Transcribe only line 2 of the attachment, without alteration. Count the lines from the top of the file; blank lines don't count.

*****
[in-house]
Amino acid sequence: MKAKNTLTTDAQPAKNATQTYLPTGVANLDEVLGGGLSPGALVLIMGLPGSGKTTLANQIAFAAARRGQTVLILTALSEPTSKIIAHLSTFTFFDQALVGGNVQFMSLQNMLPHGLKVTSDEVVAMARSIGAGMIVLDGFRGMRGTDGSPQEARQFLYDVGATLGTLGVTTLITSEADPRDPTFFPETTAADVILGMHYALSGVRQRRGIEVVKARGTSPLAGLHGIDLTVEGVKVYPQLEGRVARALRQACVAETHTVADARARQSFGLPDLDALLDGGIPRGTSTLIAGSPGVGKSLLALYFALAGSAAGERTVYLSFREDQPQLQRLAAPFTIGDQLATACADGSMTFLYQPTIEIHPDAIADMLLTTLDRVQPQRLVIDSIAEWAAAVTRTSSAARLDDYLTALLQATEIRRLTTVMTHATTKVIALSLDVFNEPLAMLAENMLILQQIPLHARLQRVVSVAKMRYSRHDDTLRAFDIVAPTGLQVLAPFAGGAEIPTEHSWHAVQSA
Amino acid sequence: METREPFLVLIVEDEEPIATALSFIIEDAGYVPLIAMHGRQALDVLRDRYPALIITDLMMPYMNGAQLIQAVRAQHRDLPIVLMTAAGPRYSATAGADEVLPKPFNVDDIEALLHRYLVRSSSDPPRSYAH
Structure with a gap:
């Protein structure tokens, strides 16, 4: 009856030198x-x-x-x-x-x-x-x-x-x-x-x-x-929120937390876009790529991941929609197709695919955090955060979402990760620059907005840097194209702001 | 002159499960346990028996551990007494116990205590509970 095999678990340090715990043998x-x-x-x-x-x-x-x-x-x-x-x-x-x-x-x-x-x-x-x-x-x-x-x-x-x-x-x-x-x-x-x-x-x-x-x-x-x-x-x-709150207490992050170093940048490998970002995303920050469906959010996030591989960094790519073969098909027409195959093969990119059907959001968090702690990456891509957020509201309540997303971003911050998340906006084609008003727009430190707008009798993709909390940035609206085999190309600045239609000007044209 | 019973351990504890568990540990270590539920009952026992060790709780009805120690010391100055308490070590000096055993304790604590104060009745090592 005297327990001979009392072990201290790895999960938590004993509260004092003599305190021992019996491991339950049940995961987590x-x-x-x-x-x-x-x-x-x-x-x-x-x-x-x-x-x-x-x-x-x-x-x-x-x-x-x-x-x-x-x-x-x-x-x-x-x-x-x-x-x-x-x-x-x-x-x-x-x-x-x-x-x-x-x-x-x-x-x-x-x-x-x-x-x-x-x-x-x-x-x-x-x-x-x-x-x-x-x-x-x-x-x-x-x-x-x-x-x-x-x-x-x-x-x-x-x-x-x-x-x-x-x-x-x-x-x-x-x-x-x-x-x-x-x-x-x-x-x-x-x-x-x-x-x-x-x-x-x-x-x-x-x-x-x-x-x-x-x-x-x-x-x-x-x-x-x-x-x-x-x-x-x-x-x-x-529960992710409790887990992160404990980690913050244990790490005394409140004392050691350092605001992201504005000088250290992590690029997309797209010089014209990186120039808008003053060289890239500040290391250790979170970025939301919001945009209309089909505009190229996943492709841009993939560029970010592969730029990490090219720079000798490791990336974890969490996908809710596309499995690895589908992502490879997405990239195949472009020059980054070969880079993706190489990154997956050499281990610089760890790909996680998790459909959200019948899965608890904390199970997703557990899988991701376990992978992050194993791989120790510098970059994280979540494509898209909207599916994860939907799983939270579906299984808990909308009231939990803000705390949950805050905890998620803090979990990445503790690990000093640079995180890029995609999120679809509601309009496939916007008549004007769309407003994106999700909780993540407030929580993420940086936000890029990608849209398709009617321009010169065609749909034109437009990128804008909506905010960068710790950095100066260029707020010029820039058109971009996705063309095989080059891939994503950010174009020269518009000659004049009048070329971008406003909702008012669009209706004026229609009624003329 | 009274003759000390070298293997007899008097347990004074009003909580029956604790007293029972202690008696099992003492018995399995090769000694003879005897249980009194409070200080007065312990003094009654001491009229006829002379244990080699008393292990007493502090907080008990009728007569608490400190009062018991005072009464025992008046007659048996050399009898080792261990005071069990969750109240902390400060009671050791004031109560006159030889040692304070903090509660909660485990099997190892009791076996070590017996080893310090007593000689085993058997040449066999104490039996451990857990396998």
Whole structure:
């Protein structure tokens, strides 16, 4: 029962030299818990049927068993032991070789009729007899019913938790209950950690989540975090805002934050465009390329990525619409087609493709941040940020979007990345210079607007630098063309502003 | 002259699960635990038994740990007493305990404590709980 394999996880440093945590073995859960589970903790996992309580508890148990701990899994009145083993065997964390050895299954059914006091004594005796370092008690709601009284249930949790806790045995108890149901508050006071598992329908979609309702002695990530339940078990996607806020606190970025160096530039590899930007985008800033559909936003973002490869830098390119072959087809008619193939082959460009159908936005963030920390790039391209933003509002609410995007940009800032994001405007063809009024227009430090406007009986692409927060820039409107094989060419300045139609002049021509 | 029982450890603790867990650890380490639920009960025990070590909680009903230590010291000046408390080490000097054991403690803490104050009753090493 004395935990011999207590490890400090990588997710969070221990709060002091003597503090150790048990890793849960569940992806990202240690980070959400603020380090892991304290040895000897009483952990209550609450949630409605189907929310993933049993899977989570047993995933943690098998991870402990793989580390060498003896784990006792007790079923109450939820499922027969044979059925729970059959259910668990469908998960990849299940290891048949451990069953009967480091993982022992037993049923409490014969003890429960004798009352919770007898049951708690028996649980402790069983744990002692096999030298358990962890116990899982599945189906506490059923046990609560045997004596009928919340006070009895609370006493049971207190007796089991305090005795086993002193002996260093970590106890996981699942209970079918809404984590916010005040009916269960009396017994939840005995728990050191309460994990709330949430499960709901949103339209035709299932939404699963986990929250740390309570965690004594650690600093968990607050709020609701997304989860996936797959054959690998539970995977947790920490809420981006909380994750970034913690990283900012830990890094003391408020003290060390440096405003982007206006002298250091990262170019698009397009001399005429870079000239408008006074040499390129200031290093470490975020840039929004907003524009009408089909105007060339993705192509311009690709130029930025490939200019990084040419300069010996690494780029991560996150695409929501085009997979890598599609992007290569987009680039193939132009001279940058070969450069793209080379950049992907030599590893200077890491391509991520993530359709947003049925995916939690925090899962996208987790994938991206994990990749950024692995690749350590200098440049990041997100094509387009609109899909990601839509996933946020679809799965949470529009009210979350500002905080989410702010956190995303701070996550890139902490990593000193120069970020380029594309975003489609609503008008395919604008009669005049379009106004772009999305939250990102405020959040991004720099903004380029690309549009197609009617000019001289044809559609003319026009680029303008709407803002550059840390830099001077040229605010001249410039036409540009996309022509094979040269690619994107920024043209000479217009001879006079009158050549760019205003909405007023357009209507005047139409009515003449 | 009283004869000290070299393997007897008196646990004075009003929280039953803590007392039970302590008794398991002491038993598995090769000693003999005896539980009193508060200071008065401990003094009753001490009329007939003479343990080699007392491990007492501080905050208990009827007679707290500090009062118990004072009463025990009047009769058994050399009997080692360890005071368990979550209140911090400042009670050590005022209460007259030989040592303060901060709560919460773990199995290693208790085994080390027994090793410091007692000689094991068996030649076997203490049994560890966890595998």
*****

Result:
Amino acid sequence: MKAKNTLTTDAQPAKNATQTYLPTGVANLDEVLGGGLSPGALVLIMGLPGSGKTTLANQIAFAAARRGQTVLILTALSEPTSKIIAHLSTFTFFDQALVGGNVQFMSLQNMLPHGLKVTSDEVVAMARSIGAGMIVLDGFRGMRGTDGSPQEARQFLYDVGATLGTLGVTTLITSEADPRDPTFFPETTAADVILGMHYALSGVRQRRGIEVVKARGTSPLAGLHGIDLTVEGVKVYPQLEGRVARALRQACVAETHTVADARARQSFGLPDLDALLDGGIPRGTSTLIAGSPGVGKSLLALYFALAGSAAGERTVYLSFREDQPQLQRLAAPFTIGDQLATACADGSMTFLYQPTIEIHPDAIADMLLTTLDRVQPQRLVIDSIAEWAAAVTRTSSAARLDDYLTALLQATEIRRLTTVMTHATTKVIALSLDVFNEPLAMLAENMLILQQIPLHARLQRVVSVAKMRYSRHDDTLRAFDIVAPTGLQVLAPFAGGAEIPTEHSWHAVQSA